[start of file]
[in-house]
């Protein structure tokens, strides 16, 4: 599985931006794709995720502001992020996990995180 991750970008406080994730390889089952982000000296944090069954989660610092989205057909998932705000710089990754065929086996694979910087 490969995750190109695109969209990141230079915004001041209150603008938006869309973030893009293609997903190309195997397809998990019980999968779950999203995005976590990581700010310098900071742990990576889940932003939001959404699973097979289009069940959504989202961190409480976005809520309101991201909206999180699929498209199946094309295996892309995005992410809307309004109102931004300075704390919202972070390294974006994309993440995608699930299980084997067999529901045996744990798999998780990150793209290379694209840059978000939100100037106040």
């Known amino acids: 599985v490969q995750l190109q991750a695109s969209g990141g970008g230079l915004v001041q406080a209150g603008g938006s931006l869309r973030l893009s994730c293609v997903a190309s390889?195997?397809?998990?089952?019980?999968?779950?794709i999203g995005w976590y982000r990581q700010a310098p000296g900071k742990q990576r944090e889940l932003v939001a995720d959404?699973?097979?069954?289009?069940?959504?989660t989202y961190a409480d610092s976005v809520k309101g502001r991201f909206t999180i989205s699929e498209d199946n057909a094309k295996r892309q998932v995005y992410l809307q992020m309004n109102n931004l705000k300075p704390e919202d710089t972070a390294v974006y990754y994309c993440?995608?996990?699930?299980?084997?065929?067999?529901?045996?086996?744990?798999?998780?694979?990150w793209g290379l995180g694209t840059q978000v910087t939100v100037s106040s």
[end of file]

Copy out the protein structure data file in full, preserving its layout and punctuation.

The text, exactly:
[in-house]
């Protein structure tokens, strides 16, 4: 599985931006794709995720502001992020996990995180 991750970008406080994730390889089952982000000296944090069954989660610092989205057909998932705000710089990754065929086996694979910087 490969995750190109695109969209990141230079915004001041209150603008938006869309973030893009293609997903190309195997397809998990019980999968779950999203995005976590990581700010310098900071742990990576889940932003939001959404699973097979289009069940959504989202961190409480976005809520309101991201909206999180699929498209199946094309295996892309995005992410809307309004109102931004300075704390919202972070390294974006994309993440995608699930299980084997067999529901045996744990798999998780990150793209290379694209840059978000939100100037106040």
């Known amino acids: 599985v490969q995750l190109q991750a695109s969209g990141g970008g230079l915004v001041q406080a209150g603008g938006s931006l869309r973030l893009s994730c293609v997903a190309s390889?195997?397809?998990?089952?019980?999968?779950?794709i999203g995005w976590y982000r990581q700010a310098p000296g900071k742990q990576r944090e889940l932003v939001a995720d959404?699973?097979?069954?289009?069940?959504?989660t989202y961190a409480d610092s976005v809520k309101g502001r991201f909206t999180i989205s699929e498209d199946n057909a094309k295996r892309q998932v995005y992410l809307q992020m309004n109102n931004l705000k300075p704390e919202d710089t972070a390294v974006y990754y994309c993440?995608?996990?699930?299980?084997?065929?067999?529901?045996?086996?744990?798999?998780?694979?990150w793209g290379l995180g694209t840059q978000v910087t939100v100037s106040s």